It was once a hive of activity, employing over 4,000 workers from Balmain and the surrounding areas. But for decades afterwards, Cockatoo Island has been silent, affected only by the sea breezes setting off the gently rusting industrial machinery and workshops which characterise this small outcrop in Sydney Harbour.
Now, however, there is a plan to reverse the stagnation and decay, and restore the vibrant atmosphere of the island’s heyday. Local resident David Aitken has developed a concept proposal for a pedestrian bridge linking the island to the Balmain peninsula. Preliminary ideas revolve around an eight-to-ten-metre-wide promenade, either as a suspended or cable-tied bridge (the lack of concrete detail indicates the extent of the work remaining to see the project through to reality, of course).
Mr Aitken believes significant new employment opportunities would exist with the opening-up of Cockatoo Island. He foresees artisans’ and design studios, gallery and exhibition spaces, food markets, restaurants, and even a marine research centre. “There’s such a history to this site – it’s so open to new development and the possibility of introducing a new type of working environment, the real possibility of putting sustainable development on the island,” he said.
Clean energy generation could form a major part of the island’s credentials in this respect. Mr Aitken said potential existed for wind turbines to be placed on Cockatoo, while the large fabrication halls provide an excellent opportunity to mount solar collectors, helping reduce carbon footprint.
At the moment, Cockatoo Island is presently owned by the Sydney Harbour Federation Trust – a Federal Government body administered by the Environment Minister’s office. A preliminary estimate of the bridge’s cost is between $35 and $40 million, according to Mr Aitken – money which would necessarily need to come from the federal government. In this respect, the project has received the tacit support of Balmain MP Verity Firth, who indicated in a letter she would be happy to support an application for federal funding.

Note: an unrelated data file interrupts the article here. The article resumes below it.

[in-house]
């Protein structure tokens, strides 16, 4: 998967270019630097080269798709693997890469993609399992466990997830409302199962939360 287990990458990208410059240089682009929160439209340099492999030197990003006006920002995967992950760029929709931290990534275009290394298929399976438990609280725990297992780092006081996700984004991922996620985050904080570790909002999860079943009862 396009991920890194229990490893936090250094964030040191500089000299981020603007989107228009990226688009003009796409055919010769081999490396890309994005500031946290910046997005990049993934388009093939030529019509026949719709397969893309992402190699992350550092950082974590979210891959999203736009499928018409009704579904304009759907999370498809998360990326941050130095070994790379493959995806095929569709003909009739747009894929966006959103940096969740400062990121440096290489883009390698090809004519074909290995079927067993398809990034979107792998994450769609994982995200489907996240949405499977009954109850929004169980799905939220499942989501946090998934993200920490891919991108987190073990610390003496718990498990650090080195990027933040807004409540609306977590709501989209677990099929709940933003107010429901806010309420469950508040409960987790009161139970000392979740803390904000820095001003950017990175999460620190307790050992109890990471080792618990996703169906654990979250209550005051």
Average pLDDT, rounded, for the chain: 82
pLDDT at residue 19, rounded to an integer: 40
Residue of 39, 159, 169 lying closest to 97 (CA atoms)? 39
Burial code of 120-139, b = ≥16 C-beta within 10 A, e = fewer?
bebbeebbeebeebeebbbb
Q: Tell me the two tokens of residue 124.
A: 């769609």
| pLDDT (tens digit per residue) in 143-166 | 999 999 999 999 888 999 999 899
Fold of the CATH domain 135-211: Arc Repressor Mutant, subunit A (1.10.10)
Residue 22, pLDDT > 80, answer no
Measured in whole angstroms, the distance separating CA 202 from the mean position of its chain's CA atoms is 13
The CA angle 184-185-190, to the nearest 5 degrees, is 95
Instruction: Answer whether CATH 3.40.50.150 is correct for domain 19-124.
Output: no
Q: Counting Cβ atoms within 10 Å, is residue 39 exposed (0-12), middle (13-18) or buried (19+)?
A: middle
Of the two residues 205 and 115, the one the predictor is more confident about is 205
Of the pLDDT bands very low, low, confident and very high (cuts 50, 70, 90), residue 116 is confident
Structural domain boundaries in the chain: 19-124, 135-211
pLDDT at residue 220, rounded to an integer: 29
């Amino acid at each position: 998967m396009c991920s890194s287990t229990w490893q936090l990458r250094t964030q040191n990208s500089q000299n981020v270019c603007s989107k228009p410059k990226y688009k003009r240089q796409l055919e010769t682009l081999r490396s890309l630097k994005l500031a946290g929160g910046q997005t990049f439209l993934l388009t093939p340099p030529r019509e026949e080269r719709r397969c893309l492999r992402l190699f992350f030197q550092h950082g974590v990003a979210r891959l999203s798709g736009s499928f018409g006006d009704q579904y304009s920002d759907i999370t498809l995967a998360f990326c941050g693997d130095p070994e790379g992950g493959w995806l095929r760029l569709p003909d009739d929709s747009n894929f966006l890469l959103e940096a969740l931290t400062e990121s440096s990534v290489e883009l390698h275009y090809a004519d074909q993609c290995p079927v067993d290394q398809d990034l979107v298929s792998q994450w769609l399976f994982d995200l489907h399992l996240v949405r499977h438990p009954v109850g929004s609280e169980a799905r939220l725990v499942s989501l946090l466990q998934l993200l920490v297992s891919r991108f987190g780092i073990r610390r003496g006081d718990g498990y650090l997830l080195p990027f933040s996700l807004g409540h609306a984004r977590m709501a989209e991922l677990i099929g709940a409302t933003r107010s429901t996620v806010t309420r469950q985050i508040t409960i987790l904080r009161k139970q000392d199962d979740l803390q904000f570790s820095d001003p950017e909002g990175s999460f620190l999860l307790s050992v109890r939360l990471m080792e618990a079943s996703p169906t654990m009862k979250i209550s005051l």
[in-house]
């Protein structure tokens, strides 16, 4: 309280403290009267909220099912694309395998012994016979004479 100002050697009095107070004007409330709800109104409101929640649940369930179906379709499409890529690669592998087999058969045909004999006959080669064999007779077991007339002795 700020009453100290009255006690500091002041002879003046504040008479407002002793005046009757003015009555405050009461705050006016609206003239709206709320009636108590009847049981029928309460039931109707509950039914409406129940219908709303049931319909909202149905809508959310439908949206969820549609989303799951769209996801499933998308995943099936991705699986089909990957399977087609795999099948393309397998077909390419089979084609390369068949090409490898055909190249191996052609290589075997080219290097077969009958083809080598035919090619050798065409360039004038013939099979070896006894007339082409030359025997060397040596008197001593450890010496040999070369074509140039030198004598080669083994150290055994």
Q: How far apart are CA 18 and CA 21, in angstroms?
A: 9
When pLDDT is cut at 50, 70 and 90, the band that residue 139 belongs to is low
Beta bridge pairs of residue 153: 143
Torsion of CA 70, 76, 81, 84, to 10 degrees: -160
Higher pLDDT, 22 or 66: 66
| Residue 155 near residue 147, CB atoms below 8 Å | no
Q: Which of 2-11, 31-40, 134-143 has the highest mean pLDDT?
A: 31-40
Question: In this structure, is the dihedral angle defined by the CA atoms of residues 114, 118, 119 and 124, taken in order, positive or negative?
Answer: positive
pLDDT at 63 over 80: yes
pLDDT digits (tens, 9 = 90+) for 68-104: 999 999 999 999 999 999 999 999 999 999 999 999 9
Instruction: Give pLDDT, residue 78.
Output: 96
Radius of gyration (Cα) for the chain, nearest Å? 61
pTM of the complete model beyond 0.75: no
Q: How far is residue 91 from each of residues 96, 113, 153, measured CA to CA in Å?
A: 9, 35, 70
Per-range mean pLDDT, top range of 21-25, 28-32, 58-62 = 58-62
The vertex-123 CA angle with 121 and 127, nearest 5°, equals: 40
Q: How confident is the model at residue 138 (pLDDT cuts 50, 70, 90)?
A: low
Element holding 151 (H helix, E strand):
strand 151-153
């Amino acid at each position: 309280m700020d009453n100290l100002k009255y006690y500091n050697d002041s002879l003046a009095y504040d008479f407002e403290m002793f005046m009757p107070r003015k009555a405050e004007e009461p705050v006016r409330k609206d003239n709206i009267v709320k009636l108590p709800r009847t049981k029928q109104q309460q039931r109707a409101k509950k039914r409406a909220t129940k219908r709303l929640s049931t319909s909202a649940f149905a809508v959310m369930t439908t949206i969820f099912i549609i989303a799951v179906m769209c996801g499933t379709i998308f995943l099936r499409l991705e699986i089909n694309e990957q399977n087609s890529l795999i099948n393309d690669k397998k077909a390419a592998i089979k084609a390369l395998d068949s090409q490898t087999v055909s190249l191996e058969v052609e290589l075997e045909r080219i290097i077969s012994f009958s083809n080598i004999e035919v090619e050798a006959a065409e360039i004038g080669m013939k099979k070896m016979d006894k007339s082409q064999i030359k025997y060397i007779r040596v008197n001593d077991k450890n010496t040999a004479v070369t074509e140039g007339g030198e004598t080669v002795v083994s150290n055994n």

The idea of pedestrian bridges is one gathering steam across the world. “The Millenium Bridge in London, for example, is purely a pedestrian bridge; all through Germany now, they’re spending loads and loads of money on new pedestrian and bicycle bridges to make accessible these rather more isolated areas,” Aitken said.
The proposal envisages a cycleway and pedestrian walk, with a view towards developing the island as a model of sustainability as well as developing a vibrant arts community. According to Mr Aitken, the project – along with the Trust’s own vision – is centred on maintaining the “superb maritime and industrial heritage artefacts” on the island.
To this end, it is proposed to hold a new national or international design competition for the bridge, similar in concept to that which brought about the Opera House. Mr Aitken argues this would help introduce new, cutting-edge ideas and technology into Australia.
Perhaps even more importantly, though, the benefits to the local community should not be overlooked. “I believe this whole initiative could provide local employment for local people,” he said. “Balmain has a strong arts culture, and I really think this kind of project would be a big boost for the entire community.”